As an expert and leader in diversity, inclusion, and belonging, and conflict resolution, I have provided consultative services to many employers on how to recruit, retain, and represent company ethos and values with the recruitment process. Every individual in this world wants to be respected and treated with the utmost fairness. My advice to recruiting firms is simple: As a recruiter, it is essential that make the time daily to self-check your own biases and learn how to handle them. This is not a one-time thing, but a regular check-in with yourself. When an individual you find is very good at their job and is probably a better fit than what you think or prefer, you have to ask yourself, is this about me or what’s best for the organization? What kind an individual am I recruiting for an organization that is seeking candidates based on their ethos and values? A note to self: “I cannot let my biases get in the way. It’s not about me, but what’s best for the organization.”
In addition to regular self-checks on personal biases, the following three elements should always be on your checklist:
A balanced personality includes individuals who are cultured, considerate, and professional. The character of an individual helps to understand how they treat those around them, beneath them in terms of rank, and above. My personal belief: the best way to understand an individual’s character is to ask, “have you ever made a mistake and how did you deal with it?” Admitting a mistake to a supervisor is the first line of integrity and morality check of an individual. If individuals do not readily admit mistakes, especially major errors that may be a determinant to their organization, then gaslighting will be next including blaming others for mistakes and judgements. This will quickly result into a toxic workplace, potentially, followed by formal complaints that could cost your organization millions of dollars. Recruiters should be able to conduct a quick character assessment especially during a reference check.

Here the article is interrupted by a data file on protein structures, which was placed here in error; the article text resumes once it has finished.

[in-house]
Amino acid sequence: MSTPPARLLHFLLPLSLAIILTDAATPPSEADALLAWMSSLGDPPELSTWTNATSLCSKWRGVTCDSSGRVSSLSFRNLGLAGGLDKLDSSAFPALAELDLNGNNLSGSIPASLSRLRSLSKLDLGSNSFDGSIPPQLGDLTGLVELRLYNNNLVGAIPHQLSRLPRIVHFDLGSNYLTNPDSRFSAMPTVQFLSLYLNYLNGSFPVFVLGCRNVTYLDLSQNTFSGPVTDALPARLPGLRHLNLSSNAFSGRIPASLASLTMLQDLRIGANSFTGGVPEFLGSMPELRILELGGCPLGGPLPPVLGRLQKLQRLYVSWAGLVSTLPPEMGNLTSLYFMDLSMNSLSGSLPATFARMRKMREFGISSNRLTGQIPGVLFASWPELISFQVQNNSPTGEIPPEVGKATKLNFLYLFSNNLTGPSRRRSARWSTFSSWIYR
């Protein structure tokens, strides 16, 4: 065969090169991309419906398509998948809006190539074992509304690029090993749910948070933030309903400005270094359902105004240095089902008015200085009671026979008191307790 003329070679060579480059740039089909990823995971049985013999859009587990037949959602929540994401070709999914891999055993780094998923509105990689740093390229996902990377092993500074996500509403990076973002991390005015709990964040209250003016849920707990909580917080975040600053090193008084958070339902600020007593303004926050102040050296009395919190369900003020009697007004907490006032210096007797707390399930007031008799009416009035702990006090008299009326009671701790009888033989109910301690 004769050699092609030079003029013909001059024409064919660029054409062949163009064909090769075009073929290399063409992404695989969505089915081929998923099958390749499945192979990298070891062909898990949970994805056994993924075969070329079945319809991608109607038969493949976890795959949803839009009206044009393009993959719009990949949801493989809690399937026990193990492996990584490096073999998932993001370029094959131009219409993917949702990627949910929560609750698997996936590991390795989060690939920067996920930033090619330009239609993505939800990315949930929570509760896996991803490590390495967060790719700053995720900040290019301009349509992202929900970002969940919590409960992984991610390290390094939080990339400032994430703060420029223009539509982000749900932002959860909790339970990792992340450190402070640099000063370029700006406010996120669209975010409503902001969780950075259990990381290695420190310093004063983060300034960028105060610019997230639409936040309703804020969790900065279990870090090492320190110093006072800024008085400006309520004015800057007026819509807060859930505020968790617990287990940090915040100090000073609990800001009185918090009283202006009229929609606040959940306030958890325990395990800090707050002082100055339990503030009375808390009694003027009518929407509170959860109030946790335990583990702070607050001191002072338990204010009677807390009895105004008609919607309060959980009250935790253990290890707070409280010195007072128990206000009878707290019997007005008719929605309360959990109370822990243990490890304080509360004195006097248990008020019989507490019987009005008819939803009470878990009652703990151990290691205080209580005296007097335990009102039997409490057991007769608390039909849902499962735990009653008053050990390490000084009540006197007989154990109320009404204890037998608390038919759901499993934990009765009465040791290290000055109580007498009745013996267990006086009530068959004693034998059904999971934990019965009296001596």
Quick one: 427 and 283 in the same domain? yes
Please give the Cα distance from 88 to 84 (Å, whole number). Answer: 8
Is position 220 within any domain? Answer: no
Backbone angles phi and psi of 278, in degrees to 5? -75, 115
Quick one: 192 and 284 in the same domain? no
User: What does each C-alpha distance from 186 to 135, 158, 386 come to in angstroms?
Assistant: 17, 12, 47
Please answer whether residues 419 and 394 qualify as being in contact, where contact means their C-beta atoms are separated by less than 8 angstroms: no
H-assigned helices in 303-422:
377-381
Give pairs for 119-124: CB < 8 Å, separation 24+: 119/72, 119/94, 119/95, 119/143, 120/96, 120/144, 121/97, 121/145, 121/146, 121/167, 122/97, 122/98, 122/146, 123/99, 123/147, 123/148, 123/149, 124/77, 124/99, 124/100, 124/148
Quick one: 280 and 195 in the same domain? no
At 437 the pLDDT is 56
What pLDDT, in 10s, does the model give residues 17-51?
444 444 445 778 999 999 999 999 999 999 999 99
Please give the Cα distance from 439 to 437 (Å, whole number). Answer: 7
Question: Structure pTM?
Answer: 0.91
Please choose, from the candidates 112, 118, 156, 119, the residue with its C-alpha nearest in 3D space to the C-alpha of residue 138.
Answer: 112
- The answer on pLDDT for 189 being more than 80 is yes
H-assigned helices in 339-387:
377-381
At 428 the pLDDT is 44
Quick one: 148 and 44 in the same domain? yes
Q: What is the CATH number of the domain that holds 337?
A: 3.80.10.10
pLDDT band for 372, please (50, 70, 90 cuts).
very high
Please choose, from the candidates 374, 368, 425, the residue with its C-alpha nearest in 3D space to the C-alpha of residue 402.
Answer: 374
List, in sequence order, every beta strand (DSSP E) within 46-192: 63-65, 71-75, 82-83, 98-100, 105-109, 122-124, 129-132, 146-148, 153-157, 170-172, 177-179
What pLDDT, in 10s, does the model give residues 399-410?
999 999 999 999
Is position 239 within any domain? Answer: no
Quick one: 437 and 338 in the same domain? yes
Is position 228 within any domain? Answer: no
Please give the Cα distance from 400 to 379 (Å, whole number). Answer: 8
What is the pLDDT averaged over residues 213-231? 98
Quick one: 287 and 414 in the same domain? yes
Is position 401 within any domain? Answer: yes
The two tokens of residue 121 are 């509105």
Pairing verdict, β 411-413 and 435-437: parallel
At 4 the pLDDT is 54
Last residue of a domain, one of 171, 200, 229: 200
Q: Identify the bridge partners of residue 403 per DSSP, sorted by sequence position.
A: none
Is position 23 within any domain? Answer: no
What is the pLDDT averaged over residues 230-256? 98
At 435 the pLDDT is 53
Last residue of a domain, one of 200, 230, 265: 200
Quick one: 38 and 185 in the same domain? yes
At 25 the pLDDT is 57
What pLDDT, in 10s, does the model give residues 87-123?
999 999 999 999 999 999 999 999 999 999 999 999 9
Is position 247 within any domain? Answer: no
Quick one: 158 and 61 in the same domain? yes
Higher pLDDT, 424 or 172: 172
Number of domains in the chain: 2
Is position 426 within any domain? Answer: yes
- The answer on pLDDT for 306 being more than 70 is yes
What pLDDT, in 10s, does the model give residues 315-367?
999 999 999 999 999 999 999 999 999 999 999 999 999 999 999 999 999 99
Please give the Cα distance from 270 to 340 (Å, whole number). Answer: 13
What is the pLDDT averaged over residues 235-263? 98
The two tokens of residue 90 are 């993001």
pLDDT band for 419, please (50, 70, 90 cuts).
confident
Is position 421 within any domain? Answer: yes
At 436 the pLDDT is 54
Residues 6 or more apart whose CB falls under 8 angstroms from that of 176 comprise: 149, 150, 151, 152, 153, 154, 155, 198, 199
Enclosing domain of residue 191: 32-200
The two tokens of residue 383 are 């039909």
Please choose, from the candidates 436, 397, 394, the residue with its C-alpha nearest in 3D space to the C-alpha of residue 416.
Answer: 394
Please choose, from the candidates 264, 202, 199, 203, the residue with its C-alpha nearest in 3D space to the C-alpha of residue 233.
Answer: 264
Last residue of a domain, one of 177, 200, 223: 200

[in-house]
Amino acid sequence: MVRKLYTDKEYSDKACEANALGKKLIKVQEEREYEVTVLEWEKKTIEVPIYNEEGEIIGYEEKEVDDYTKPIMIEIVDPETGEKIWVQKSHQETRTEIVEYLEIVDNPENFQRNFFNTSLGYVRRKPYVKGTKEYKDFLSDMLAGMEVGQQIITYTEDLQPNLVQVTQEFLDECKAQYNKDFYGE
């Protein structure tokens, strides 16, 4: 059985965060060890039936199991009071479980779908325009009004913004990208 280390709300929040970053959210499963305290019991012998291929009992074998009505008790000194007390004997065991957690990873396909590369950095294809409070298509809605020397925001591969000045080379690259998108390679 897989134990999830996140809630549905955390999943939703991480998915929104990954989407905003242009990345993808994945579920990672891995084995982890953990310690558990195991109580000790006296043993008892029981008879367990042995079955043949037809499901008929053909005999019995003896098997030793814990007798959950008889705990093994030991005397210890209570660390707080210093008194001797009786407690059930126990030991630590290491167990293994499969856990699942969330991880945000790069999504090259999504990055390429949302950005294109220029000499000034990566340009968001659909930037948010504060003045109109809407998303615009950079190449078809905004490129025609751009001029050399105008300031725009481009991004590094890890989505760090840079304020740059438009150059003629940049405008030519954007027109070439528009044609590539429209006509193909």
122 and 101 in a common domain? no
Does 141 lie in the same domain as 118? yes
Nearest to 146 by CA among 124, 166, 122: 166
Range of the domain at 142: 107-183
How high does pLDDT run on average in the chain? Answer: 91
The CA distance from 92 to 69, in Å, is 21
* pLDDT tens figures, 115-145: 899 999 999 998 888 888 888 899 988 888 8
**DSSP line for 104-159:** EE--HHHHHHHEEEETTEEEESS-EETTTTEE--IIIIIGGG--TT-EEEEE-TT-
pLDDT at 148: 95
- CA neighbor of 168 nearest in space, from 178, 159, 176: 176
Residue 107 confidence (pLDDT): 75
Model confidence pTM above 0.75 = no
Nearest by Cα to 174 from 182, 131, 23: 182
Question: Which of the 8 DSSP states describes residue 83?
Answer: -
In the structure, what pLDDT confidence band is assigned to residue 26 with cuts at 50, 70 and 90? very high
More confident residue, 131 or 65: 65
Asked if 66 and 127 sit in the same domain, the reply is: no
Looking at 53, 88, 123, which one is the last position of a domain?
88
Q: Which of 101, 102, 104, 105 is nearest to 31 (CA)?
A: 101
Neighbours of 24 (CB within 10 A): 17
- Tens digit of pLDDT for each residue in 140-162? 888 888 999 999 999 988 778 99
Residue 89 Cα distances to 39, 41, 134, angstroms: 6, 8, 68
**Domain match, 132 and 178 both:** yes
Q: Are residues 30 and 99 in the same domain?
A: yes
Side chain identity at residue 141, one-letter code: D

Hiring an individual on their technical expertise is vital to the reputation of the recruiter. As a recruiter, ask yourself, “Is it worth hiring an individual who is a subject matter expert and highly toxic?” My suggestion, pose to the organization that has hired you the same question before you begin your search. Toxicity in the workplace results in high turnover and millions of dollars in payouts due to formal complaints. If an individual is hired for their talent and not talent plus character/personality, it is a major risk to lose talent and years of experience that cannot be replaced overnight. Your top talent will jump!